I can’t quite remember at what point chipotles entered my awareness. Certainly, I didn’t taste them before I came to the United States. Now, I am convinced they make everything taste better, from mac and cheese to hummus and even chocolate truffles.
Chipotles are none other than smoke-dried jalapeños. As chilis go, they are not extremely hot, just the right amount of burn in your mouth. And then there is the smokiness, their distinguishing trait, that imparts an unmistakable flavor to anything they touch.
Chipotle peppers come in small, inexpensive cans that last forever, because a bit goes a long way. Once I open the can, I transfer them to a jar that will live in the back of my refrigerator and will be retrieved every time I run out of ideas on how to flavor a particular dish. Last night, for instance, I had roasted some sweet potatoes – not one of my favorite starches but very popular in my household – and I decided to mash them and add chipotles to them. Voila: from boring roasted potato to a delicious side dish I could probably subsist on.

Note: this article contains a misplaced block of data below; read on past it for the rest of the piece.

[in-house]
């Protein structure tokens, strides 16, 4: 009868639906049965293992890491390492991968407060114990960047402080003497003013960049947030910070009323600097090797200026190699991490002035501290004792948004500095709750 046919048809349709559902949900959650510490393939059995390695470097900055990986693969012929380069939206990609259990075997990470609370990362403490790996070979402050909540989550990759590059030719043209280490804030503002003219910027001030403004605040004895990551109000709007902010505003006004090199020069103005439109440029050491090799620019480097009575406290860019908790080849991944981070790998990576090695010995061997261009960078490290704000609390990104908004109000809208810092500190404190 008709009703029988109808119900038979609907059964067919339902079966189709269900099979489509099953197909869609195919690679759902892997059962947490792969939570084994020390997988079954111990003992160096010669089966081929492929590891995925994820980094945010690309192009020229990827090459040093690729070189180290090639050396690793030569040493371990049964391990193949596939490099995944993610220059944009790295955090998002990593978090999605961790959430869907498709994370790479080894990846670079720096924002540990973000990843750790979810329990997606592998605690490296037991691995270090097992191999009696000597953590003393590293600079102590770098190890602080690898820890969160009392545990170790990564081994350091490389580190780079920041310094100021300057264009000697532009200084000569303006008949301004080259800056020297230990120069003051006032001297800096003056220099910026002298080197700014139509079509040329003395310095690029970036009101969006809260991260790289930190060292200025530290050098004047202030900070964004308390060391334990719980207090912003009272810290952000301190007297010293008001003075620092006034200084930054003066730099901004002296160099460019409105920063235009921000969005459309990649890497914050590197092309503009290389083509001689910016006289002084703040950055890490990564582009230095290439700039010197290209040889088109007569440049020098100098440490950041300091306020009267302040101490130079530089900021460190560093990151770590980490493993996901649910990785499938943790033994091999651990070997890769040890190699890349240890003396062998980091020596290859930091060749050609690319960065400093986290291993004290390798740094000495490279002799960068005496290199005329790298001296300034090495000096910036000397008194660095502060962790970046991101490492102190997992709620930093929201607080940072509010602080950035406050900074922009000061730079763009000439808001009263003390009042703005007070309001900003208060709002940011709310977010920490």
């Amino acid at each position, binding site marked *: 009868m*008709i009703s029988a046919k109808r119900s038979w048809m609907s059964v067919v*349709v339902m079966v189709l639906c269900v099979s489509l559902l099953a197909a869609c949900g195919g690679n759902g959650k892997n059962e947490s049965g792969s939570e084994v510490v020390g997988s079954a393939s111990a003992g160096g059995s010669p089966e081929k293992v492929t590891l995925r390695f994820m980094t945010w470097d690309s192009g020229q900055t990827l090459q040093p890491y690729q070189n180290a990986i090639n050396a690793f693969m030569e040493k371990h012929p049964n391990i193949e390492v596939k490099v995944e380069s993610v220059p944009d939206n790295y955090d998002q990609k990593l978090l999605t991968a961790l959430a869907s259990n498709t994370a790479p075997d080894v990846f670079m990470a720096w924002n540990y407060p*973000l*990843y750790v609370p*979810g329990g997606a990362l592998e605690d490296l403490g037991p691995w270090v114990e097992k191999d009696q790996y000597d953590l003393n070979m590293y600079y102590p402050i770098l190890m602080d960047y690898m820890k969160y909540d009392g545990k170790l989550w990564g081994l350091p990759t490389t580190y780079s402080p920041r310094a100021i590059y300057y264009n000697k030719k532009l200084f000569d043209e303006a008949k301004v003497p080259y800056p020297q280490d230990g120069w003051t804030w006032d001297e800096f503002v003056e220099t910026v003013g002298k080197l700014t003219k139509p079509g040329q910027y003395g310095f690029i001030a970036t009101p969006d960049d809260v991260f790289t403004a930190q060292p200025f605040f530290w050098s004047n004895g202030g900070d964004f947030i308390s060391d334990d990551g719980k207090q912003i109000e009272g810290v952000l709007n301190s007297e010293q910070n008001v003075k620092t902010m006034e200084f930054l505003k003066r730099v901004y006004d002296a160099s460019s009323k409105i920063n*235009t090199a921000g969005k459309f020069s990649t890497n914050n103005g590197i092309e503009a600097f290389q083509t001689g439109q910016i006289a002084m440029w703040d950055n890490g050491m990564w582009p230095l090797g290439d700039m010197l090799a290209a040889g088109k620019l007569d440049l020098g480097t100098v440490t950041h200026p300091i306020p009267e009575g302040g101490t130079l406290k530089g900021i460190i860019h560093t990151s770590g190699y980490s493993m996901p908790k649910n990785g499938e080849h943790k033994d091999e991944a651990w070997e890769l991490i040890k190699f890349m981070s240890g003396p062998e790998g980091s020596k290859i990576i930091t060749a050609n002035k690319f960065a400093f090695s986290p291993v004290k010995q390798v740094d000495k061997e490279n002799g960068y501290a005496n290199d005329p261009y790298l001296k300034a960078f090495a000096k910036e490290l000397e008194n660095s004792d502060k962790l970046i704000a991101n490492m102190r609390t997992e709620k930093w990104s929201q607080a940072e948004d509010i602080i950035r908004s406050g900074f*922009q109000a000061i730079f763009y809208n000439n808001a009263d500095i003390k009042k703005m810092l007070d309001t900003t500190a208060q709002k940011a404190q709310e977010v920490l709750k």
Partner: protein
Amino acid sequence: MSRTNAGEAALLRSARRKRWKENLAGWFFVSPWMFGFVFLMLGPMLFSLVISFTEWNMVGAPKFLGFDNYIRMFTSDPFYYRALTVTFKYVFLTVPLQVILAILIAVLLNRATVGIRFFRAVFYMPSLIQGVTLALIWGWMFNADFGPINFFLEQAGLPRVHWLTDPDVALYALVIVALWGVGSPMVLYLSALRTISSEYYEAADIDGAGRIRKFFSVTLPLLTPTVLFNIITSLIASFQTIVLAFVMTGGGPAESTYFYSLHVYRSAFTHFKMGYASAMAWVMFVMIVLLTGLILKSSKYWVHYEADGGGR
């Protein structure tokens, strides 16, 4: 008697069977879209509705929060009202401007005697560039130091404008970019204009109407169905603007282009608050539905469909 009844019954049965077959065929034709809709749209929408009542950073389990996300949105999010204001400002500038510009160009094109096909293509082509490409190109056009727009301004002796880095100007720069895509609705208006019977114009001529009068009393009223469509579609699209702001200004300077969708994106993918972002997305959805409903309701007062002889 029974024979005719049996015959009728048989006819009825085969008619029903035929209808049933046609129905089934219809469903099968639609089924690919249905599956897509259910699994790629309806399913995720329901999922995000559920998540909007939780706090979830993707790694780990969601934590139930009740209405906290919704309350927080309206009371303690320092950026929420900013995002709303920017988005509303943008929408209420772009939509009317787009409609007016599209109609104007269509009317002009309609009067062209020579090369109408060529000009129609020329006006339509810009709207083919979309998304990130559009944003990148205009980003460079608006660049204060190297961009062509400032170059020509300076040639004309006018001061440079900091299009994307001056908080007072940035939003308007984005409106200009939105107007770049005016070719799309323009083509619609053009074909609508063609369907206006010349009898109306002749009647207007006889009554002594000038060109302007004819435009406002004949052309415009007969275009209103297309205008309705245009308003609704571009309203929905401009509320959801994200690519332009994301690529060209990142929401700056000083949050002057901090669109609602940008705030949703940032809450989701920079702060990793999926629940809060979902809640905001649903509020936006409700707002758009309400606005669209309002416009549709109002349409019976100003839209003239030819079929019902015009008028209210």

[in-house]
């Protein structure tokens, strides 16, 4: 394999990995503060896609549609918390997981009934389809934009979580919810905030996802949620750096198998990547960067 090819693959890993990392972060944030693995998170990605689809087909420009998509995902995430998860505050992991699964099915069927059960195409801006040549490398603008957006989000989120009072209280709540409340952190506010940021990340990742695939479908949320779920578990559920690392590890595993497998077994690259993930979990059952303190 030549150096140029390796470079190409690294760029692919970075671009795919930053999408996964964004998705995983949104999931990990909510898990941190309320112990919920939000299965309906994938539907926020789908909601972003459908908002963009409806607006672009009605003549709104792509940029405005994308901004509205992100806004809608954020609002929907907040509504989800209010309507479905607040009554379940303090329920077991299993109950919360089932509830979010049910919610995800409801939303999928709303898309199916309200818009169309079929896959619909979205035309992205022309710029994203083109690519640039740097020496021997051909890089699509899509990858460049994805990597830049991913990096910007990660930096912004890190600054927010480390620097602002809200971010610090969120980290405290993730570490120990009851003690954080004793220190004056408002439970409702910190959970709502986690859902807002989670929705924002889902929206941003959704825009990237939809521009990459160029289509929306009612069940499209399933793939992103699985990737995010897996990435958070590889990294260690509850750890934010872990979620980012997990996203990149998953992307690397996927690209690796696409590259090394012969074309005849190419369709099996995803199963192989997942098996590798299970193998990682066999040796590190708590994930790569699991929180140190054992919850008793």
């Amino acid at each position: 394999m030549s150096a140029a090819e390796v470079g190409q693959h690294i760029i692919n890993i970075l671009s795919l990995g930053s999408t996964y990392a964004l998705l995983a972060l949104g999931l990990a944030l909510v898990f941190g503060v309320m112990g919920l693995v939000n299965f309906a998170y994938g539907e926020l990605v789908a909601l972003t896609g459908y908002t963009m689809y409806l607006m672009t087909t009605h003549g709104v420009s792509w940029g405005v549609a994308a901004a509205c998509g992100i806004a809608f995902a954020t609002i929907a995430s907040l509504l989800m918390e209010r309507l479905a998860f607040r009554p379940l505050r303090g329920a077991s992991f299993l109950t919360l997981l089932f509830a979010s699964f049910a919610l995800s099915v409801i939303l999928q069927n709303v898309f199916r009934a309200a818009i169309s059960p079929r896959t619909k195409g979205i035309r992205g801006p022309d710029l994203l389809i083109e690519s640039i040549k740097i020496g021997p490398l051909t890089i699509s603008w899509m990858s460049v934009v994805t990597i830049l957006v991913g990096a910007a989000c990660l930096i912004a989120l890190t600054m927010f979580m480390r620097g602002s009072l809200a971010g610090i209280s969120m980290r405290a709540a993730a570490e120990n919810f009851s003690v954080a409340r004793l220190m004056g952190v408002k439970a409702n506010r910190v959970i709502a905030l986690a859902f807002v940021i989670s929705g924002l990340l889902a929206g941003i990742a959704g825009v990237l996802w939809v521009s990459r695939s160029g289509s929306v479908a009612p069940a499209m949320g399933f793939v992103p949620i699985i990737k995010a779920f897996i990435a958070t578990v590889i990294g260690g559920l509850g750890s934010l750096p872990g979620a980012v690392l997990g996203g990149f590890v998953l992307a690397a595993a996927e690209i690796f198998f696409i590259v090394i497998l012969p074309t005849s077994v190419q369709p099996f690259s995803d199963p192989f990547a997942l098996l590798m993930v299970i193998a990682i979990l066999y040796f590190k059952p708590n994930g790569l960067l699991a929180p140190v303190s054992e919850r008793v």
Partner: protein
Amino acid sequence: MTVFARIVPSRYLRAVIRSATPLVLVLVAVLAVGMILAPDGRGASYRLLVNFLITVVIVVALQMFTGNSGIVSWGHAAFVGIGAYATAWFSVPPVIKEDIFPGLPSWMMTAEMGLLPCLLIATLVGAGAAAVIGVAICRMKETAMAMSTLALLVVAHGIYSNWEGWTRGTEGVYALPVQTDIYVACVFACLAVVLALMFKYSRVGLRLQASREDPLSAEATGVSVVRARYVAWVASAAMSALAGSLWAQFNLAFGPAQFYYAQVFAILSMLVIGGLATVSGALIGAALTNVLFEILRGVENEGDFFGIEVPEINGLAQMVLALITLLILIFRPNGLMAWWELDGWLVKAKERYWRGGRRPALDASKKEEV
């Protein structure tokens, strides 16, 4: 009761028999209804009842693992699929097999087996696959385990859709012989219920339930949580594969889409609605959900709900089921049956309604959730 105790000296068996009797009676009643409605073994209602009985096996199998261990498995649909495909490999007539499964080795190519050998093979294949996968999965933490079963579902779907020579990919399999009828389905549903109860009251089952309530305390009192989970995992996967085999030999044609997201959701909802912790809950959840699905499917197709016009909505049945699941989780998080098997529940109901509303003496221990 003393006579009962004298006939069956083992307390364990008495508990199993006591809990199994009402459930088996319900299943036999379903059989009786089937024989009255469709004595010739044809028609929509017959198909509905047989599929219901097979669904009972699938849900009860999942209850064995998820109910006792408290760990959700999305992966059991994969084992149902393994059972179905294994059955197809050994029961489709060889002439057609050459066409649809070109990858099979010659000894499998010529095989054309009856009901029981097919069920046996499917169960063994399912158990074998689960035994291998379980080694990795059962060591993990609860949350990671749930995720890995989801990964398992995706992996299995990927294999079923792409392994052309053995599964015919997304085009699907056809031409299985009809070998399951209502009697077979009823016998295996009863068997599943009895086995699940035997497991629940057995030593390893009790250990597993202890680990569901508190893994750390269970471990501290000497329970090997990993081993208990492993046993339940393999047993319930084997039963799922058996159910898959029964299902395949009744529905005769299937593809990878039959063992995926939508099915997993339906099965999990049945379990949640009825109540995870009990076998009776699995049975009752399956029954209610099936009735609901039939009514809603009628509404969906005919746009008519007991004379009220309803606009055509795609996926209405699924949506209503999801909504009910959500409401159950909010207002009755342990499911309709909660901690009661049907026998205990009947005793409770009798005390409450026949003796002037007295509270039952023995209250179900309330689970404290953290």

If you live in a country where chipotles might be hard to come by, it is worth seeking them out: you will need a small can of chipotle peppers in adobo sauce.
Cut the potatoes in half and spoon out the flesh, placing it in a saucepan. Mash it with a fork or a potato masher. Add a couple of knobs of butter, about a glass of milk, salt and pepper, and half a teaspoon of chipotle peppers. Mix thoroughly with a wooden spoon and taste. Adjust by adding more chipotle if you like it spicier. Serve immediately.